Young people in rural and underserved South Carolina communities can now get connected — to technology, resources and training — thanks to a $5 million grant from Google.org to the National 4-H Council.
The grant is aimed at expanding computer science skills and education to underserved youth across the country and builds upon support from Google.org, which is Google’s philanthropic arm, of computer science in 4-H that has reached 1.4 million students since 2017.
“In South Carolina, we are thrilled to continue to support this great effort and appreciate the opportunity National 4-H Council and Google have provided,” said Ashley Burns, S.C. 4-H Youth Development assistant director.
Computer science (CS) skills are critical to sparking interest in STEM and promoting workforce development skills that all young people need, Burns said.
And S.C. 4-H has a wealth of experience doing just that, with previous and continuing work related to CS and computational thinking skills including the 4-H Journey to Mars program, independent CS activities, professional development and the 4-H Engineering Challenge.
“To date, we have served over 3,000 youth with our programs,” Burns said. “We look forward to making the most of this investment by continuing and expanding CS programming efforts and engaging with the new National 4-H Summit, Clover and PYD Academy experiences.”
With this new funding from Google, 4-H will increase the reach of the Computer Science Career Pathways program for students from rural and under-resourced communities who have had minimal CS education.
The new grant will also help teach young people through Clemson Cooperative Extension’s in-person 4-H programs and online resources. These resources will provide access to computer science education to youth nationwide, including six million 4-H’ers and more than 3,500 educators across the 4-H system anytime and anywhere.
This effort combines the reach and educational expertise of 4-H, the nation’s largest youth development organization, and the power of Google’s computer science knowledge and innovation. Since its start, 1.4 million youth have participated in the program, with 65% living rurally, 56% of teen CS leaders being girls and 47% coming from racially diverse backgrounds.
Despite the demand for high-skilled computer science professionals, opportunities to access this education have been out of reach for youth from rural and other underserved communities, said Jennifer Sirangelo, president and CEO, National 4-H Council.
“We are proud to continue this initiative with help from Google.org to make a real difference in the lives of young people who otherwise wouldn’t be given a chance to discover their interest in computer science. This program goes beyond preparing youth for future careers. Teaching computer science at a young age develops problem-solving skills and confidence, and most important, empowers young people to find their spark and passion that translates to success in life,” she said.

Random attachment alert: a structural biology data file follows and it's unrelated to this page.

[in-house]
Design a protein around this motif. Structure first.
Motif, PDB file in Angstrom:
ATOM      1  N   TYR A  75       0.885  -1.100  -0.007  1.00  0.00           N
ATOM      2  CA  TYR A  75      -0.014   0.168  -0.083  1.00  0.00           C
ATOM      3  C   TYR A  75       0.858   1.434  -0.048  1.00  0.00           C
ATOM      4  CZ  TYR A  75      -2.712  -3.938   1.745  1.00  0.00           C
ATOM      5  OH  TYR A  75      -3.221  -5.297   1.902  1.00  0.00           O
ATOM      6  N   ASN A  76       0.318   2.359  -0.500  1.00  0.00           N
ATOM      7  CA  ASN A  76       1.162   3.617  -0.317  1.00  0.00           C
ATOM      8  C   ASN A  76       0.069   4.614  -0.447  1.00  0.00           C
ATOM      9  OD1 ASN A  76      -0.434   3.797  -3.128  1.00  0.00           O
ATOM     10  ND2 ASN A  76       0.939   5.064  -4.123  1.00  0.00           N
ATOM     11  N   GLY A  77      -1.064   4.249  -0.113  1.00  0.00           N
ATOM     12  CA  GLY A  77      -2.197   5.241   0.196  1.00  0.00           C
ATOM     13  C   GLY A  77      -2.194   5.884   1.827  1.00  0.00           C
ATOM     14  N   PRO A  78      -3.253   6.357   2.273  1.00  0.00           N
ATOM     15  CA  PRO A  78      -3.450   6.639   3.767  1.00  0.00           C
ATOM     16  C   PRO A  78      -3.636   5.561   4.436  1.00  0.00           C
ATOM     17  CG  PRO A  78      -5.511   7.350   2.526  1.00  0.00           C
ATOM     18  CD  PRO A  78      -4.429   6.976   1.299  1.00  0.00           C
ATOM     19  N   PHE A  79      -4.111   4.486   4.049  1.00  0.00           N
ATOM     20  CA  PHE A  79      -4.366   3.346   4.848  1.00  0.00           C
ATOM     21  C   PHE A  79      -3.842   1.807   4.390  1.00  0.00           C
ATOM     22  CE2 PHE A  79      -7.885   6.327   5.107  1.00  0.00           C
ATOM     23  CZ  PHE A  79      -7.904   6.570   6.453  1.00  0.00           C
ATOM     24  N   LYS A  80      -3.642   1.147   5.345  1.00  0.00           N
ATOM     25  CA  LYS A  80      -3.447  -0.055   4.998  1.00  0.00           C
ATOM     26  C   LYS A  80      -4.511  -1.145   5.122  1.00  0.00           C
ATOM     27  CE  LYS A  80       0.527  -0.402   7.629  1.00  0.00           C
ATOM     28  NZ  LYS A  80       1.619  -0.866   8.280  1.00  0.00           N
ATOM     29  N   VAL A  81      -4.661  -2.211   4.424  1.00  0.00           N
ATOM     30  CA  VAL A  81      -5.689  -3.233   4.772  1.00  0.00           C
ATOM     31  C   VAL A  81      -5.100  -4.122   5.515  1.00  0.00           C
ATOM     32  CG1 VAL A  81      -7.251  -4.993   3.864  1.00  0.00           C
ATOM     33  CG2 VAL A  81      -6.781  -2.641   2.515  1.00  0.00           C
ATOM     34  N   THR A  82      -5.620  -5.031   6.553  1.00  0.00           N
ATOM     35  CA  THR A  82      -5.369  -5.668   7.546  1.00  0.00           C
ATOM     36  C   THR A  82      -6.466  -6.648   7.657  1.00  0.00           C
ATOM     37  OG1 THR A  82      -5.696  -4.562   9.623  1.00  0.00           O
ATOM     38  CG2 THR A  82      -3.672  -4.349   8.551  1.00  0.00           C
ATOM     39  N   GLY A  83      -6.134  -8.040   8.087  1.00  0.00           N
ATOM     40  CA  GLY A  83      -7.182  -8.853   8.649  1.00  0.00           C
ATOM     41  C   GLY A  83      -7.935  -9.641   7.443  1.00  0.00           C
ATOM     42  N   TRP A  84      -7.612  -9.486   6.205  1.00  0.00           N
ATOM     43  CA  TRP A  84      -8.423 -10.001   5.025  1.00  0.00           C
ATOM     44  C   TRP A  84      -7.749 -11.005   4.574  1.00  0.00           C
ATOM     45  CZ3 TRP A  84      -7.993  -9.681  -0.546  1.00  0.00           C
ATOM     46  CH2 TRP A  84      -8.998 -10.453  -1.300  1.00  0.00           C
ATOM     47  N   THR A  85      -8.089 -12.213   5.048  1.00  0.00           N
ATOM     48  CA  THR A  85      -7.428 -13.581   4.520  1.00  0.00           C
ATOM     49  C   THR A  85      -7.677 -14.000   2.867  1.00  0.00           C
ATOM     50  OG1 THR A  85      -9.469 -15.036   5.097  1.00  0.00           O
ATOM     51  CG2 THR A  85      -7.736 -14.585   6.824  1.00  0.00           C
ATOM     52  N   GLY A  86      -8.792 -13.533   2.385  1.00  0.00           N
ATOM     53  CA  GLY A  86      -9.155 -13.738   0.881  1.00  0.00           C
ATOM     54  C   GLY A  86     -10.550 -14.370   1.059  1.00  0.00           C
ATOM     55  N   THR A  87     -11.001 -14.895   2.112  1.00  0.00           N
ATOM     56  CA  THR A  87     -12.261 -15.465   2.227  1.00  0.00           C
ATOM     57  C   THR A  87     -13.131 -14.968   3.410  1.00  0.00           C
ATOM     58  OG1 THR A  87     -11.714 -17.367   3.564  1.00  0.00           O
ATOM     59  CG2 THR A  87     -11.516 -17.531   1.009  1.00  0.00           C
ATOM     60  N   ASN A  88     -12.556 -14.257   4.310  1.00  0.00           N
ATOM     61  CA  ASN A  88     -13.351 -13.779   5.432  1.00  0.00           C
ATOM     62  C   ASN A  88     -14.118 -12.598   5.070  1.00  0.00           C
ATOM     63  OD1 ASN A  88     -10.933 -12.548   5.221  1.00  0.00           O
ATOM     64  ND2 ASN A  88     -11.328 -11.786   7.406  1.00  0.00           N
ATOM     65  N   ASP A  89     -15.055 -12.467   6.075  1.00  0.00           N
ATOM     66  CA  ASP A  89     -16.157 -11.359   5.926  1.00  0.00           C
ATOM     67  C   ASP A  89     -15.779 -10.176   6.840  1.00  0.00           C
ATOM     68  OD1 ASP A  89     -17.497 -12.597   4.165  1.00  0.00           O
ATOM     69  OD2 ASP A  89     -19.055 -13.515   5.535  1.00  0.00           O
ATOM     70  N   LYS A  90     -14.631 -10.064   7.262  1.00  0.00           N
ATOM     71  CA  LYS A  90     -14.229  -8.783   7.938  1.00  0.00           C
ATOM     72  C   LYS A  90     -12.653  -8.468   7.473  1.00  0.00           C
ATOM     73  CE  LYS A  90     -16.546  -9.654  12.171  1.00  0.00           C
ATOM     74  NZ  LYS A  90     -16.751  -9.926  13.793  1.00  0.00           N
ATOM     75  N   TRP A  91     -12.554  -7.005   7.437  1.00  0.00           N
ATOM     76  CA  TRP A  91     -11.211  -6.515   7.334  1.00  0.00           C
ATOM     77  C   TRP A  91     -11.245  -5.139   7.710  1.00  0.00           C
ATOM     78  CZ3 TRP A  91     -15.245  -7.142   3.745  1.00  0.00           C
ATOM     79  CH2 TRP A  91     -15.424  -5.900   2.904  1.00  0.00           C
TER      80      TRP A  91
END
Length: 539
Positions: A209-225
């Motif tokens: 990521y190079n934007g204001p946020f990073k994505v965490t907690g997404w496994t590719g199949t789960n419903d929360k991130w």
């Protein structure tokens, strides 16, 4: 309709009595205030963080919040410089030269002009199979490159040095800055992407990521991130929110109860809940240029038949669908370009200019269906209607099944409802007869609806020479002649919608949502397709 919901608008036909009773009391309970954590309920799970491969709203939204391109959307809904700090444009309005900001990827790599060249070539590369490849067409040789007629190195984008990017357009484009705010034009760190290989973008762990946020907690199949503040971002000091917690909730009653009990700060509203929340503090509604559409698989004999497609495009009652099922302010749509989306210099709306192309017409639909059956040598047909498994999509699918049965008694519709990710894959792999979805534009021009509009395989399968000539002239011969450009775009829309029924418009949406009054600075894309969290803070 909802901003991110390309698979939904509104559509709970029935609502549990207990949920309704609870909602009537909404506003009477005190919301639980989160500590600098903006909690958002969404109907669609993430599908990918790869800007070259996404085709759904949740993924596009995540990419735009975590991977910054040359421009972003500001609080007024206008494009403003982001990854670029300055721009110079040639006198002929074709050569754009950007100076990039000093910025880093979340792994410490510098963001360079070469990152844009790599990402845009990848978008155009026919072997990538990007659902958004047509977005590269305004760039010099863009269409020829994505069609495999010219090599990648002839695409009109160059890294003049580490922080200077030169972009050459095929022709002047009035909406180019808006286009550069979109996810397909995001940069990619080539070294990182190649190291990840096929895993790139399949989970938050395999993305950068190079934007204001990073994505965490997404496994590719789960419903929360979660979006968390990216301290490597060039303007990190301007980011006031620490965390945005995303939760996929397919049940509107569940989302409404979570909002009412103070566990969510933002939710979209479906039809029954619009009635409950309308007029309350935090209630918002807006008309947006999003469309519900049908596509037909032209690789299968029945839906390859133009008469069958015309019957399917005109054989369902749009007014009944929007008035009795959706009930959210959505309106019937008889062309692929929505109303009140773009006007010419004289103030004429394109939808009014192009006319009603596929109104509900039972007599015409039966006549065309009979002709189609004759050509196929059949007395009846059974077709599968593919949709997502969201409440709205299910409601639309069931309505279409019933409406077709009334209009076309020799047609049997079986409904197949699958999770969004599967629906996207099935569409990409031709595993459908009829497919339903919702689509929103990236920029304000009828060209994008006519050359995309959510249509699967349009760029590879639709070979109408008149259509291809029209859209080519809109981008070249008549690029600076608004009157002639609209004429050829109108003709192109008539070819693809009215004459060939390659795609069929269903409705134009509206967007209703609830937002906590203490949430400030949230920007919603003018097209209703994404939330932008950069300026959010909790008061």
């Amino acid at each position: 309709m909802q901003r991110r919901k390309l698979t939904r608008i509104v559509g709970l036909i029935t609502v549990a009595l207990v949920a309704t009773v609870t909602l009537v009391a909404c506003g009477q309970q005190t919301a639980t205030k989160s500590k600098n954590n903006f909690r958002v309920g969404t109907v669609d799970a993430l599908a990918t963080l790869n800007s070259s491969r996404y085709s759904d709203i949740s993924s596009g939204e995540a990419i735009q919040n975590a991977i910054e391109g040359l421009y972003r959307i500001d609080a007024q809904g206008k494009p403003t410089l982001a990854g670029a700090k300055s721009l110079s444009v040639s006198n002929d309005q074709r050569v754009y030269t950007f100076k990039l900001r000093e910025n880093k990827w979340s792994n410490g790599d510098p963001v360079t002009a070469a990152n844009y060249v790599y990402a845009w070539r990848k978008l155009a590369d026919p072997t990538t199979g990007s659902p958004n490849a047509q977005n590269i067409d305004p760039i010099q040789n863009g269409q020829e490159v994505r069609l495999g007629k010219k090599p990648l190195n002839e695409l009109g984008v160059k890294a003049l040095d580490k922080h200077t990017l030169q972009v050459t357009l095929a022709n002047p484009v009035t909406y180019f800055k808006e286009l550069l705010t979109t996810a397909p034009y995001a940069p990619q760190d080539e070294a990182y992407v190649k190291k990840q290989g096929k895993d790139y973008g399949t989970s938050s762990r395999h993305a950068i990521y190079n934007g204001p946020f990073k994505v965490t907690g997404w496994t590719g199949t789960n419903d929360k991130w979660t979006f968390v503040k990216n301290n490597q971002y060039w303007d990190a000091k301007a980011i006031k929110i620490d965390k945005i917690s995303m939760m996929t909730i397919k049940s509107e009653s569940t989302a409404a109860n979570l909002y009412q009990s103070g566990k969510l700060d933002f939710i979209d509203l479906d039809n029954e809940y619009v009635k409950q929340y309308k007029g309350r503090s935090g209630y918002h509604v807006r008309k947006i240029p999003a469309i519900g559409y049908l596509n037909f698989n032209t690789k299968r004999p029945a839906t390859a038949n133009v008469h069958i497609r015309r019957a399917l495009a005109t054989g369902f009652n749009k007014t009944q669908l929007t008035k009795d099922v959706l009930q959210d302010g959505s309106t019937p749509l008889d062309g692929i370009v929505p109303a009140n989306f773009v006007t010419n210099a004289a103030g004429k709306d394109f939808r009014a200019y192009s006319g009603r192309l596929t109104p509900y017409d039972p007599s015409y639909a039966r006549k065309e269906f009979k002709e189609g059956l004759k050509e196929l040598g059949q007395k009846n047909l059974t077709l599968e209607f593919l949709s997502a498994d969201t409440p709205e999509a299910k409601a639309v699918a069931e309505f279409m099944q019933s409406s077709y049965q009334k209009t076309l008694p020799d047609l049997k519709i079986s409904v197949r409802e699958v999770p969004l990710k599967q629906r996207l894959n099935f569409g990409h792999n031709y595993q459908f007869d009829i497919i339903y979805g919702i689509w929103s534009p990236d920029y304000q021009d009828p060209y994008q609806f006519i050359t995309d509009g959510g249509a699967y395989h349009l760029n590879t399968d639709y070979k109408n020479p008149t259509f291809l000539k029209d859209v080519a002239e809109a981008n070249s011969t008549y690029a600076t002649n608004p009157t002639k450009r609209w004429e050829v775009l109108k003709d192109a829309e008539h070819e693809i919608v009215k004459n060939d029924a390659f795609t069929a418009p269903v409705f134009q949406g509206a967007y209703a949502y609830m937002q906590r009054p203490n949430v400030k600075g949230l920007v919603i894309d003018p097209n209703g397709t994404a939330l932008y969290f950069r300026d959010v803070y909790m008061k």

The Code.org Advocacy Coalition’s 2021 State of Computer Science Education report found that while 51% of public high schools in the United States offer computer science, rural schools, urban schools and schools with high percentages of economically disadvantaged students are less likely to offer CS education. Black, Hispanic and Native American students are also less likely to attend schools offering CS courses than white students.
Delivering free computer science education to underserved communities is part of 4-H’s mission to provide equitable access to skills that help young people create opportunity and maximize their potential. The program also offers training and capacity-building for educators, volunteers, professionals and even teen leaders to create their own curricula and reach more youth.
“We believe Google and other companies have a responsibility to help people get the skills they need to get a good job, start a new business, and provide a solid foundation for their families — no matter what their age or where they live,” said Sundar Pichai, CEO of Google & Alphabet. “Computer science education is an important piece of this, and we look forward to working with our partners like 4-H to unleash the talent and drive of millions of people in communities across the US.”
This is the third grant Google.org has made in 4-H’s mission to reach and provide young people with opportunities in computer science education, totaling nearly $14 million since 2017. Google’s support will expand existing and bring new CS education programs to communities across Iowa, North Carolina, Oklahoma, Ohio, Pennsylvania, South Carolina, Virginia, Nebraska, and West Virginia. Read more about the initial grant that established the 4-H CS Pathway across 23 states.
4-H, the nation’s largest youth development organization, grows confident young people who are empowered for life today and prepared for careers tomorrow. 4-H programs empower nearly 6 million young people across the U.S. through experiences that develop critical life skills.
4-H is the youth development program of our nation’s Cooperative Extension System and USDA and serves every county and parish in the U.S. through a network of 110 public universities and more than 3,000 local Extension offices, including all 46 South Carolina counties. Globally, 4-H collaborates with independent programs to empower one million youth in 50 countries.
The research-backed 4-H experience grows young people who are four times more likely to contribute to their communities, twice as likely to make healthier choices, twice as likely to be civically active and twice as likely to participate in STEM programs. Learn more about 4‑H at 4-H.org and follow us on Facebook, Instagram and Twitter.
Or email us at email@example.com
Clemson News is the go-to source for stories and news about the innovations, research and accomplishments of the Clemson Family.
Copyright © 2022. All Rights Reserved.